Although I was on the staff of Punch for 13 years, an experience which stood me in good stead for nothing that I can think of offhand, I have never been on the staff of a paper. I have, on the other hand, been a regular columnist for papers for 25 years, starting as a jazz reviewer for The Times in about 1966, which means that I have been landed for a quarter of a century with the problem of keeping people on the newspaper sweet without actually being there. It’s not easy.
Mark you, I was wary of newspapers from very early on. When I was just starting, I wrote to all the papers I could think of suggesting myself as a humorous columnist, and the only one that asked me for a chat was the Sunday Times, in the person of Oscar Turnill. He explained to me nicely, among other things, that a paper didn’t normally support more than one humorist and they already had Patrick Campbell, but if anything were ever to change… nearly 20 years later Patrick Campbell died. I crouched over the phone for days on end waiting for the call. It never came. No wonder I don’t entirely trust newspapers.
Meanwhile I had been hired as jazz correspondent by The Times, by the then arts editor, John Lawrence. This was at a time when jazz was hardly admitted to be among the arts, and Lawrence only had jazz covered because someone upstairs at The Times pressurised him into doing so. And the only reason I was hired was that I had sent a piece on spec to The Times some six months before, which was turned down. ‘Do we know anyone who knows about jazz? No? Hold on – wasn’t there that bloke who sent us a piece six months ago? Dig his letter out…’
Lawrence himself knew nothing about jazz, although he once told me his son had a jazz record, by someone he thought was called Charles ray. Nor did he see why he should know anything about jazz, as long as it didn’t lose him readers. For this reason, he wouldn’t let me review anything that wasn’t played in a concert hall for a year. Jazz in a club seemed somehow sort of dirty. And here were all these great musicians marching in and out of Ronnie Scott’s that I couldn’t get to review! I had to go down almost on my hands and knees eventually, and swear that Ronnie’s was more circumspect than the Festival Hall, better behaved than the Wigmore Hall.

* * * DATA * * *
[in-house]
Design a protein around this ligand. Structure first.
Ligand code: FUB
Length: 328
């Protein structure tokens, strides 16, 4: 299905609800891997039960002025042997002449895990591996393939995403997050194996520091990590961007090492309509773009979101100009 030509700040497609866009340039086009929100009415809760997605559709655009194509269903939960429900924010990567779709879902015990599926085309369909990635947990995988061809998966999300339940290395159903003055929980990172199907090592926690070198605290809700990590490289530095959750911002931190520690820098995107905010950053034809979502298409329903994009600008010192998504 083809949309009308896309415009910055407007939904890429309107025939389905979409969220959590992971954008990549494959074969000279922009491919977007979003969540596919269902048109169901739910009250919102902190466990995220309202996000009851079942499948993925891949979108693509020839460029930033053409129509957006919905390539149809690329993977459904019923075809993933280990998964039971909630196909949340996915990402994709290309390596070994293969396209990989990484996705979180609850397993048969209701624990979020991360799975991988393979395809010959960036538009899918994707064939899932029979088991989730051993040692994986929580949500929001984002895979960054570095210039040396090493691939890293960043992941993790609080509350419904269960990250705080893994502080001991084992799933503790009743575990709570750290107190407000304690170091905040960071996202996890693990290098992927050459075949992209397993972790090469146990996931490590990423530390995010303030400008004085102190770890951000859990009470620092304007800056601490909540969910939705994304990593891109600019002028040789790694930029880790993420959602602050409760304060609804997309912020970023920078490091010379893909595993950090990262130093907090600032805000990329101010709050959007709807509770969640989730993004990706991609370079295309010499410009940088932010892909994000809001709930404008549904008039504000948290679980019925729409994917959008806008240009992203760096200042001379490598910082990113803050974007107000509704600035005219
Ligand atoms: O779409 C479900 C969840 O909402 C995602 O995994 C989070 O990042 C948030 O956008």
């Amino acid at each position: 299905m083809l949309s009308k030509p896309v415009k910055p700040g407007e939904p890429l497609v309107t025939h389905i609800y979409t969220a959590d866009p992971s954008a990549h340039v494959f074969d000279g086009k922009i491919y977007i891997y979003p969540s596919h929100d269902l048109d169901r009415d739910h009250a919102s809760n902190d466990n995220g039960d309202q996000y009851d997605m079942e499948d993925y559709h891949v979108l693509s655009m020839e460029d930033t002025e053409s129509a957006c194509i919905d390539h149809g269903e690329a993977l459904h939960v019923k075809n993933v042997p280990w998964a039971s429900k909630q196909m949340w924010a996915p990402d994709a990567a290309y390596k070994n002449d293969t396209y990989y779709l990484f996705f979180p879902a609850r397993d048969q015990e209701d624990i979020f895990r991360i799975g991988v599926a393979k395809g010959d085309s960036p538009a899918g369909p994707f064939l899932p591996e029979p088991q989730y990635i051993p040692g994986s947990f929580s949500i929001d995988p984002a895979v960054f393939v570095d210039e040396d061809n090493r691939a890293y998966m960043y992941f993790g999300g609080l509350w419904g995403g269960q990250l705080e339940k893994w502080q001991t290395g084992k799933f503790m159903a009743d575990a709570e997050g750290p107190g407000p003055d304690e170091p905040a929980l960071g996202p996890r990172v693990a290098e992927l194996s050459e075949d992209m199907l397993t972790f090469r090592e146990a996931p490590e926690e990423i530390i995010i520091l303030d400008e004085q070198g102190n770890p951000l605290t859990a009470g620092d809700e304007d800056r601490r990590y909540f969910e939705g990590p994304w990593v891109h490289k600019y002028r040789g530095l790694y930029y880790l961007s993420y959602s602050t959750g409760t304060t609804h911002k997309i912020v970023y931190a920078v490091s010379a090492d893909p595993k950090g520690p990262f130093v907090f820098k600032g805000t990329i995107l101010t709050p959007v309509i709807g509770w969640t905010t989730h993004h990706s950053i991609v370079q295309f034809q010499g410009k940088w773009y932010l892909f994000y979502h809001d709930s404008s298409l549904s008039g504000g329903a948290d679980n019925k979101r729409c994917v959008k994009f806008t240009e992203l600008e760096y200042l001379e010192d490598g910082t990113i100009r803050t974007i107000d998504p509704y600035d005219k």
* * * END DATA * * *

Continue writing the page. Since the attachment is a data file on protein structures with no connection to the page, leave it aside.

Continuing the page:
So, fairly early on I got the idea that editors were people who need educating by their inferiors. This wasn’t changed by the man who followed John Lawrence, John Higgins. Higgins knew nothing about jazz either, but at least he knew that he knew nothing and that he might as well stick to opera, which was his great love and seemed to involve frequent trips to Salzburg and Buenos Aires whenever a change of cast was announced. In his absence, or indeed his presence, I just got on with things, reviewing people who sounded good and not those who didn’t. So when in 1981 I started a humorous column for The Times I had already become used to the idea that an editor was not always vital to civilization. But I also knew that if you didn’t keep in well with somebody, you might get the bullet, so I made a great attempt to be friends with the features editors at The Times.